Join the Department of Geography and the Environment as our spring 2014 colloquium series welcomes doctoral candidate Kathleen Shafer, presenting "Marfa, Texas: Land and Light."
Marfa is a town in far west Texas, three hours from the nearest commercial airport and one hour from the U.S.-Mexico border. The cultural landscape of Marfa includes a historic yet dying ranching community plagued by drought, as well as the remnants of a former military fort turned modern art museum. Marfa’s slow shift from being just another small town to the darling of the art world has taken over 20 years, and its placement on a global cultural map has contributed to the commoditization of its place.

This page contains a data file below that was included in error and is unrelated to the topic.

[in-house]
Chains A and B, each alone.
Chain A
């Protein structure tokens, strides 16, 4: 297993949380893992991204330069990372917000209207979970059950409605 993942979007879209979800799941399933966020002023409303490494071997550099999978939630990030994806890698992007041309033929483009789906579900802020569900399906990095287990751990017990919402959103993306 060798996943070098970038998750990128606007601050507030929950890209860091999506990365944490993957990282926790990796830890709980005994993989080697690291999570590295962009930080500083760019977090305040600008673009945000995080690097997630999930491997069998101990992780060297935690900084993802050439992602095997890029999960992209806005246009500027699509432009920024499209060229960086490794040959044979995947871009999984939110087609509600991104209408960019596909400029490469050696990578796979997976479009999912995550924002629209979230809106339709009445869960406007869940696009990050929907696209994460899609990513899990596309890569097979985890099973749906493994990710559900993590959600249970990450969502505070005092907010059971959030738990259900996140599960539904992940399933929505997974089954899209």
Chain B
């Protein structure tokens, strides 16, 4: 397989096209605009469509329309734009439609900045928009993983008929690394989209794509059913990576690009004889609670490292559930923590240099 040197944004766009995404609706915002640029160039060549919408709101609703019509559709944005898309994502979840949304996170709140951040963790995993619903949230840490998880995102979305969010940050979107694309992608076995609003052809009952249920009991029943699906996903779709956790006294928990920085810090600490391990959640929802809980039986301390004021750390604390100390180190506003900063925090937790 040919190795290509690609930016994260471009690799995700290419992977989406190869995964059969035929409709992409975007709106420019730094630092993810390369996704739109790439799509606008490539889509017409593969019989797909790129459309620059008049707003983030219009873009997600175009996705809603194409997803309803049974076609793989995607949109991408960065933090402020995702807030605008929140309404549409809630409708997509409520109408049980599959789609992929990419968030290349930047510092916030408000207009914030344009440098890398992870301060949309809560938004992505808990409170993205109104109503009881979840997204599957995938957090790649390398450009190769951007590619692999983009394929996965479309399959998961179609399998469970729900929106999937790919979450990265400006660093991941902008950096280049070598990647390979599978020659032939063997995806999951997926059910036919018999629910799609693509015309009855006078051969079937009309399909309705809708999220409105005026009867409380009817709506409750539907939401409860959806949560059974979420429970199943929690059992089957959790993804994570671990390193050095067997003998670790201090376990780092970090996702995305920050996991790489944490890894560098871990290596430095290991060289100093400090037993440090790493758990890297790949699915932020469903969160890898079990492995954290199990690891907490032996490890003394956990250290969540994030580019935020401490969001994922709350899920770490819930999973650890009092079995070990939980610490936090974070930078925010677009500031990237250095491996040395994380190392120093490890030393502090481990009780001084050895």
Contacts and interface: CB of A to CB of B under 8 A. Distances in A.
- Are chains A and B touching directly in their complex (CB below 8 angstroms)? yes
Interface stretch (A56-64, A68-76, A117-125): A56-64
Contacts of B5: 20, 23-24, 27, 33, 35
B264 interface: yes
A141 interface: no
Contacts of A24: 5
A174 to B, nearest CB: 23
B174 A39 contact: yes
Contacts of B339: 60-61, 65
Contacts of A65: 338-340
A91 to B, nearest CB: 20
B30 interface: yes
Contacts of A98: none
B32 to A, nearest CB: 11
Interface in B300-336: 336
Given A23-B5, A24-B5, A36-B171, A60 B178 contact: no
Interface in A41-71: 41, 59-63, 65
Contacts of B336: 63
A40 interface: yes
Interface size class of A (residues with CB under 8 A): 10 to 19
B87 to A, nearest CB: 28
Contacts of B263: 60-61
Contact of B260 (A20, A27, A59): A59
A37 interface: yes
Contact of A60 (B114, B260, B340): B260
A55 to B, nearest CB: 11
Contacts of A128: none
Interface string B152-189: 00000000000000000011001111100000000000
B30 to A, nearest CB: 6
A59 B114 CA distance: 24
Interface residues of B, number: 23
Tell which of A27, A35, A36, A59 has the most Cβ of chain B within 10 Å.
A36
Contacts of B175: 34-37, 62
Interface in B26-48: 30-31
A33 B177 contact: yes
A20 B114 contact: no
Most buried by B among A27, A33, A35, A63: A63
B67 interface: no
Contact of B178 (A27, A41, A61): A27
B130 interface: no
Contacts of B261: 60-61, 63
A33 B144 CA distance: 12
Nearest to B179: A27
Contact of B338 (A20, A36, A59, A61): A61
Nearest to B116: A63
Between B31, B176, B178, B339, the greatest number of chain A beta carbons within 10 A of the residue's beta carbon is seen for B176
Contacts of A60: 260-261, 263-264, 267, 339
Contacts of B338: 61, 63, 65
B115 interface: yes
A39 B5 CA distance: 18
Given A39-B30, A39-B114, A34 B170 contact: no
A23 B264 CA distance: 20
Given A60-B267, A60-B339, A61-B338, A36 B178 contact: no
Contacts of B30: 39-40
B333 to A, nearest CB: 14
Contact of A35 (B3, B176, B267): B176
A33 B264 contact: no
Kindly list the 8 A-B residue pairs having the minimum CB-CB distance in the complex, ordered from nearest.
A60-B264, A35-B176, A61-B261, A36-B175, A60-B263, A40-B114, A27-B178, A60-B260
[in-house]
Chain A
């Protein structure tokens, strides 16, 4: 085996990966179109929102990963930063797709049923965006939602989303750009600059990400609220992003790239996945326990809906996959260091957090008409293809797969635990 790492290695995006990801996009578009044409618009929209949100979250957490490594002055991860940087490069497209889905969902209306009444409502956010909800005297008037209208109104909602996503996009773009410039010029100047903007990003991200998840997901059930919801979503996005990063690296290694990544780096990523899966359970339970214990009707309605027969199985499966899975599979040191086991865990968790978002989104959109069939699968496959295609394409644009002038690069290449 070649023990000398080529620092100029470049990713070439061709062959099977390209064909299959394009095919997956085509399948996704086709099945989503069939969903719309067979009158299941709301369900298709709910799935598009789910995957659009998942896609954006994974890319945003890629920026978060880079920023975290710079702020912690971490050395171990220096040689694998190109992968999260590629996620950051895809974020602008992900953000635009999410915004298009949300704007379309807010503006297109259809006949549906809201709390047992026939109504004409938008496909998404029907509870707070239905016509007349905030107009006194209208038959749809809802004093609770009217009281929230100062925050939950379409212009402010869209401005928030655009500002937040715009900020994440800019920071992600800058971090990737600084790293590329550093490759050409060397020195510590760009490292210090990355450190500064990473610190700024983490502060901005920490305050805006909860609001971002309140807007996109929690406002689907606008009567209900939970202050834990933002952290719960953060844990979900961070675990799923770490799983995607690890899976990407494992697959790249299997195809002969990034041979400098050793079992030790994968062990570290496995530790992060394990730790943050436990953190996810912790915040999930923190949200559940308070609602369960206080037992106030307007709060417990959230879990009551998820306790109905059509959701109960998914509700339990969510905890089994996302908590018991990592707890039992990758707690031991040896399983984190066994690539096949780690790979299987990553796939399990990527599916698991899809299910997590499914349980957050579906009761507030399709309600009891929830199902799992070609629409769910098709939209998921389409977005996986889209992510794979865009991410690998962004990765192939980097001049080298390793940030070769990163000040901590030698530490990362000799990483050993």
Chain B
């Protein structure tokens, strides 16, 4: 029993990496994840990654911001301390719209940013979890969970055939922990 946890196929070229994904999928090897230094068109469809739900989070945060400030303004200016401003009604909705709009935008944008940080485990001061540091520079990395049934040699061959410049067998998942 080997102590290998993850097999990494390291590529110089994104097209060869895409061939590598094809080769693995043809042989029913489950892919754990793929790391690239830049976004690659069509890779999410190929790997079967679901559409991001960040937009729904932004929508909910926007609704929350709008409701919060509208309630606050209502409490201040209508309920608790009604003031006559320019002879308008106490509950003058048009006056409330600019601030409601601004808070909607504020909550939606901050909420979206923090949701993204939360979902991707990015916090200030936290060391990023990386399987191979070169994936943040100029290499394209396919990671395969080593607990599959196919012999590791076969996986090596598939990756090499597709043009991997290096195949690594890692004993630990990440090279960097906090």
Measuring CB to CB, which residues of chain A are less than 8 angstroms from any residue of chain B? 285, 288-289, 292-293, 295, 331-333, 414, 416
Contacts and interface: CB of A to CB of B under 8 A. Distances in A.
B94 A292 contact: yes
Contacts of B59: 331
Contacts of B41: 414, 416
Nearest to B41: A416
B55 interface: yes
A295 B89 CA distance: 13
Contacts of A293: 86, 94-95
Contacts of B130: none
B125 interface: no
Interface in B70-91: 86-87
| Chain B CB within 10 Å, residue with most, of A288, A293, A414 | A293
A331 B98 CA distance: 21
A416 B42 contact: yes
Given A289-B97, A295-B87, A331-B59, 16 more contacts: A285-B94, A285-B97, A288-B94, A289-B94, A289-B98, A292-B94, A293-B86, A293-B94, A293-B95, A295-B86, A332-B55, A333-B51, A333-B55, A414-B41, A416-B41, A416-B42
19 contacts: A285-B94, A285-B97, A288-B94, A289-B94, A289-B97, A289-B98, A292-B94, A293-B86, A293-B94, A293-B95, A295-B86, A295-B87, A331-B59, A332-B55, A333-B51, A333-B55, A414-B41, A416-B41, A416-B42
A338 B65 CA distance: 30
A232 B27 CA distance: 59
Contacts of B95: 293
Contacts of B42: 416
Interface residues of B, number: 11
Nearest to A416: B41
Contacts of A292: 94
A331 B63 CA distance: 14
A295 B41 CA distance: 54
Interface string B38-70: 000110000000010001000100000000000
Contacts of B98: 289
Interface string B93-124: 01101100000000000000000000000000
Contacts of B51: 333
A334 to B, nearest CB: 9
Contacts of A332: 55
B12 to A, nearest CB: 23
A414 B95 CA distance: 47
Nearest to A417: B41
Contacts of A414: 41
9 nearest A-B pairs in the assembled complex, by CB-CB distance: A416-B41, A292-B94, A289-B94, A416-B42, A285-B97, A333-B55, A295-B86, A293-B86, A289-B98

Marfa's evolution has been the work of its full and part-time residents, specifically those who were inspired to migrate to Marfa directly or indirectly because of the artist Donald Judd. By way of the actions of old and new residents, Marfa has developed into a remarkable center of tourism that is no longer dependent on Judd’s vision. Most people note how different a visit to the town is from their idea of the town before visiting. This colloquium is a discussion of Marfa's history, its landscape, the cultural offerings that collectively define the place and space of Marfa, and what this means for its future.
For more information, email Madeline Enos at firstname.lastname@example.org.
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